What do NPCs do when they’re off-stage?
Tetsukichi recently allowed his cousin/henchman Golfo (and Golfo’s lovely wife Phi Phong) to go off on a dangerous mission without him. The cousins had both accepted the mission which was to “Go to the Southwest Border Region and find Gwinch.” But then Tetsukichi decided he had more important immediate priorities, leaving Golfo to continue the mission as part of a smaller, much weaker party.
It would be easy enough to just have it that Tetsukichi never hears of Golfo again, but I decided it would be more satisfying, at least for me, to “know” what happened to him. So I used the rules for Songs of Blades and Heroes, and played out a crucial encounter.
The Southwest Border Region is dangerous, and especially dangerous when you openly announce that you are friends of Gwinch, the foreign-born sohei who recently tore up the slaver’s stockade from the inside out and so upset the balance of power in the region. Golthar, a sorcerer, was a chief ally or associate of the slavers, and had a strong motivation to seek revenge on Gwinch either directly or by way of his friends. And perhaps capture some new slaves in the process.
For the purposes of SBH, all you need to know is this: Side one is hiding in a thick jungle, waiting to ambush side two. Side two is on horseback, following a narrow trail that cuts through the jungle. Side one wins by capturing the non-combatant (i.e. Phi Phong if you like flavor text). Side one wins by getting everyone, and especially the non-combatant away to relative safety (off the board).
I’ve done this enough times that it’s not hard to convert D&D character types to SBH rules. For first level fighters, I use an activation score of 3 and a combat add of 1. I think this is lower than what the rules provide for in the case of a “grunt” human infantry, but it gives room for level progression. Golfo, at 5th level, is the highest level guy in the fight and is at 3 (activation) and 3 (combat add). For Golthar, I used the SBH magic rules and also gave him the ability to fly on a successful activation.
Here are the rules as provided to the other players . . .
Everything off the path is thick, nearly impassable jungle.
1. Unless they are running away, figures move through jungle at half-speed.
2. In order to avoid becoming lost, figures must be part of a chain of other friendly figures that leads back to a square that is next to the path.
3. Lost figures move only one square.
4. EXCEPTION—Scouts move at normal speed through the forest, and do not become lost.
All of the good guys, except for the scouts, are riding horses.
1. Horses move 12 squares.
2. In melee combat, a rider on a horse gets a +1 vs. someone not on a horse.
3. Horses cannot go off the path or into the jungle.
4. If a figure on a horse is forced to run away, they must run away on the path. If they run into a bad guy before finishing their retreat, they must dismount and retreat into the jungle.
5. It costs one “success” for a horse to pass one or more other horses on the path.
6. If two horses are next to each other on the path, no other horse can pass by; pedestrians must use a “success” to get around them.
7. Riders can spend one “success” to get off a horse or to get back on.
8. If a horse does not have a rider, either side can use one “success” to drive that horse 12 squares or until it runs into another horse.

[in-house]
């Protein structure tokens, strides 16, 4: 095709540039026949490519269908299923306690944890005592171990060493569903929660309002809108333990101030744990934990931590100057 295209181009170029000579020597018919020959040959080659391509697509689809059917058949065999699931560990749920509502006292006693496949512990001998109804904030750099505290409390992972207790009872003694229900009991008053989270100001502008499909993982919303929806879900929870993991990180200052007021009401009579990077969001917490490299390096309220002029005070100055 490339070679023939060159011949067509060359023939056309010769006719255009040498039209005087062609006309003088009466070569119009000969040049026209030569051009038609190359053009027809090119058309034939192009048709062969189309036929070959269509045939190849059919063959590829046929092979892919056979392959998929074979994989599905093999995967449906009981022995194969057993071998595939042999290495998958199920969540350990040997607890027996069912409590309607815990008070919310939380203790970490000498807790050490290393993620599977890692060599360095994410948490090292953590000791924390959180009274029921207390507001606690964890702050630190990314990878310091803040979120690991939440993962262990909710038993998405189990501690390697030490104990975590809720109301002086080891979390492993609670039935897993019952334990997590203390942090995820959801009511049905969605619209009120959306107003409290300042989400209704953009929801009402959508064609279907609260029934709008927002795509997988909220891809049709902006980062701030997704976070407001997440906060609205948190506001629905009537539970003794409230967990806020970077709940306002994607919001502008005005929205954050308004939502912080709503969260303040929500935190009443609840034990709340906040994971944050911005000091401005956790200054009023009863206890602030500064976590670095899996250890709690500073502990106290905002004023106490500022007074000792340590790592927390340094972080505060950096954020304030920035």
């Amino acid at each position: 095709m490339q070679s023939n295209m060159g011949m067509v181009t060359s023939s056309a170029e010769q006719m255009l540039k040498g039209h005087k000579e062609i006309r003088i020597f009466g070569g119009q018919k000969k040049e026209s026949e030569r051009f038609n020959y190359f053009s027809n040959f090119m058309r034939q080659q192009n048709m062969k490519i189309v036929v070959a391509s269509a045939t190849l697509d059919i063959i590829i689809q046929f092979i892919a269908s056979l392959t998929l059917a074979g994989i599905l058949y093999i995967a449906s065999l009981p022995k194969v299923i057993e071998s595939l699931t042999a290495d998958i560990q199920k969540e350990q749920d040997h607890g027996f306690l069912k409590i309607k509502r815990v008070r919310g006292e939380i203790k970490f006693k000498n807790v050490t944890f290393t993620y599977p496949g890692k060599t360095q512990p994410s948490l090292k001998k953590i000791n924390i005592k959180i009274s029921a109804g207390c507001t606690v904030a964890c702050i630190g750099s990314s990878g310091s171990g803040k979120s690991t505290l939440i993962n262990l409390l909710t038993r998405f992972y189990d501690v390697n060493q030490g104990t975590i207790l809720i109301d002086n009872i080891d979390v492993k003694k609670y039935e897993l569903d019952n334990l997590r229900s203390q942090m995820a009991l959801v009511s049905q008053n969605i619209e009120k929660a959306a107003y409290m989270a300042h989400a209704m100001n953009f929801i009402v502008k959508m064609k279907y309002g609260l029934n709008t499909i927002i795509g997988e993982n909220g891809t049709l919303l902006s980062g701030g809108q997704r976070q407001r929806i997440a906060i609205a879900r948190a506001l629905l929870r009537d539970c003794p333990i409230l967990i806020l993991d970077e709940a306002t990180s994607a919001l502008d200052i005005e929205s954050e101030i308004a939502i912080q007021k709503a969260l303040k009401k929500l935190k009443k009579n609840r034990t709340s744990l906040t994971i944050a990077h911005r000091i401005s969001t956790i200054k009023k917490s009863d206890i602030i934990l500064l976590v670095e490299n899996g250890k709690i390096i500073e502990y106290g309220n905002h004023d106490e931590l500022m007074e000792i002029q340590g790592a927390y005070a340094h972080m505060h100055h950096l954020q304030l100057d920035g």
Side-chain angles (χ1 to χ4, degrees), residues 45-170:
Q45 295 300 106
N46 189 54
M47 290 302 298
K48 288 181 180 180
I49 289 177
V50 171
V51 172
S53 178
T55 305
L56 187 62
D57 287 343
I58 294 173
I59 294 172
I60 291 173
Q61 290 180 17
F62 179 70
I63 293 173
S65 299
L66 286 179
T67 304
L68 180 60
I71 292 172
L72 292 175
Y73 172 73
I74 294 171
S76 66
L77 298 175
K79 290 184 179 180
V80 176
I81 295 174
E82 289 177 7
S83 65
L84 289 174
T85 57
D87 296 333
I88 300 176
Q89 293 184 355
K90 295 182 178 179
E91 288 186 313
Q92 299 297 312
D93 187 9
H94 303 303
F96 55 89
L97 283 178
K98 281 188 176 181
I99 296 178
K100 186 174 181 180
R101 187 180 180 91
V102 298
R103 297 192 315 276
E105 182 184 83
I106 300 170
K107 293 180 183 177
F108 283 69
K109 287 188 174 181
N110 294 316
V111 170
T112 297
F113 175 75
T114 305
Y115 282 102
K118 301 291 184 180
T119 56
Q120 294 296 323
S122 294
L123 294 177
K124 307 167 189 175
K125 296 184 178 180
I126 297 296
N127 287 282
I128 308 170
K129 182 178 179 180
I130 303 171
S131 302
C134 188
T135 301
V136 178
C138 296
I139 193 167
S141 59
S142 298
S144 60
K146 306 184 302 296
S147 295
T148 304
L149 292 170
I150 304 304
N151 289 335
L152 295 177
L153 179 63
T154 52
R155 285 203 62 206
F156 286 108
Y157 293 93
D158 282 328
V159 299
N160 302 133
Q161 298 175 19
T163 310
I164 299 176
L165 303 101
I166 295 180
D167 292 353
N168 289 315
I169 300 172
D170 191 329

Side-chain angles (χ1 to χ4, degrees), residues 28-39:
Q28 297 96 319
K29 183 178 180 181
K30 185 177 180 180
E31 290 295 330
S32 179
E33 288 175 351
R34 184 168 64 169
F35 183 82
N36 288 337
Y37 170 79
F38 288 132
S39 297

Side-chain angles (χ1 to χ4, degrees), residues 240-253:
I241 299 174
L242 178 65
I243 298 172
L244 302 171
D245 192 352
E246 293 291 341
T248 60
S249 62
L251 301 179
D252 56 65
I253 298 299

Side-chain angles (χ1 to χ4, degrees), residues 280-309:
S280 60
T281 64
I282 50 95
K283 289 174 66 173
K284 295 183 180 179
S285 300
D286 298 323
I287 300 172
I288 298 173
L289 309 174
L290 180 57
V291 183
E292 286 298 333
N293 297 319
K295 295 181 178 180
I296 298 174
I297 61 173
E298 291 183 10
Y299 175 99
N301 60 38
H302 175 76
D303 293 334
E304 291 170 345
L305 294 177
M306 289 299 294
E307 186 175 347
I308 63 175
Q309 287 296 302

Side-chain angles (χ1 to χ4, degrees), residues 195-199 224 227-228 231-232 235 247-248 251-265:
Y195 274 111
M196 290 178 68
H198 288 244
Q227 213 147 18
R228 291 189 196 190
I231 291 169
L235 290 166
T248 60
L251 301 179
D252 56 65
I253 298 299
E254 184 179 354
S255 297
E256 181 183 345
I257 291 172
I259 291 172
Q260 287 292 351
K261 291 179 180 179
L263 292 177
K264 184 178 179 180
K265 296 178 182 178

Winning: Capturing the non-combatant
One of the good guys is a non-combatant.
1. If the non-combatant is knocked down, a bad guy can use a “success” to capture the non-combatant.
2. If the non-combatant is forced to run away and crashes into a bad guy, the non-combatant is captured.
3. Once captured, a bad guy can move the non-combatant at 4 squares.
4. If a bad guy moves the non-combatant off the map, the bad guys win.
5. If a bad guy moves the non-combatant into jungle and at least five squares away from the path or any good guys, the bad guys win.
6. If the non-combatant moves off the map freely, and using the path, then the good guys win.
One of the bad guys can fly. Jungle is no obstacle. As his altitude varies, he becomes very hard to shoot.
The forces on each side . . .
Side one (bad guys)
Golthar (human mage, flying)
Cleric (3 activation, +2 add)
5 medium infantry
Side two (good guys)
Phi Phong ("non-combatant" actually a 3 activation and +1 add)
1 mounted archer (Tsao Ho: activation 4, +3)
4 light cavalry (other monks: activation 4, +2)
3 scouts/thieves (villagers: activation 3, +0, special move through jungle)
AND HERE’S WHAT HAPPENED . . .
The good guys (or side two) had a single archer who traded shots with a flying Golthar. The archer had one good shot and that was enough. Not enough to kill Golthar but— according to SBH rules— enough to make him flee one full move. And because he was flying that meant “off the board and out of the game.”
Despite this major setback, the attackers did a good job of blocking either end of the path, and because of their superior numbers, it looked likely that Phi Phong would be captured. The good guys started dismounting so that they could get up to where the fight was happening. It was only after the scout’s leader was killed that the scouts had the idea of helping her escape by moving through the forest.
After Phi Phong escaped, the players decided to play out the battle. Golfo ran back to help two of the monks who had been “knocked-down” (SBH rules, temporarily incapacitated and capable of rallying, especially with help.) Instead, Golfo himself also fell to Golthar's minions.